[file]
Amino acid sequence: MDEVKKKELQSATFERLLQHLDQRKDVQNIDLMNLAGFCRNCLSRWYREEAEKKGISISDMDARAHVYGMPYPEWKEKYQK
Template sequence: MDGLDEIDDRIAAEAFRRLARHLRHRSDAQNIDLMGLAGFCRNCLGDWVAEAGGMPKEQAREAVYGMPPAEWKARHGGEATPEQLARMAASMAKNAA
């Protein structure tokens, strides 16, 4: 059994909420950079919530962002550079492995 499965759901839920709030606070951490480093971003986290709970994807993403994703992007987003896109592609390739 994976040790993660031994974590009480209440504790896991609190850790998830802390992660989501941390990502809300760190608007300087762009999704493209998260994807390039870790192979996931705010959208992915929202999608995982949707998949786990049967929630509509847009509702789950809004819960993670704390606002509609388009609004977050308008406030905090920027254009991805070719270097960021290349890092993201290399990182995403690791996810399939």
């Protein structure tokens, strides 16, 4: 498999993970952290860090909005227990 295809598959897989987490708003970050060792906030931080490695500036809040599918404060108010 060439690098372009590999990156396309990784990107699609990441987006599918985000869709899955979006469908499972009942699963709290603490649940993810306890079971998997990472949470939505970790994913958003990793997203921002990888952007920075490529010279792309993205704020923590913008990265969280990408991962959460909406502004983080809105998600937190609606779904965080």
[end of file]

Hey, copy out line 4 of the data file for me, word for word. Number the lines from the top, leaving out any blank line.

């Protein structure tokens, strides 16, 4: 498999993970952290860090909005227990 295809598959897989987490708003970050060792906030931080490695500036809040599918404060108010 060439690098372009590999990156396309990784990107699609990441987006599918985000869709899955979006469908499972009942699963709290603490649940993810306890079971998997990472949470939505970790994913958003990793997203921002990888952007920075490529010279792309993205704020923590913008990265969280990408991962959460909406502004983080809105998600937190609606779904965080």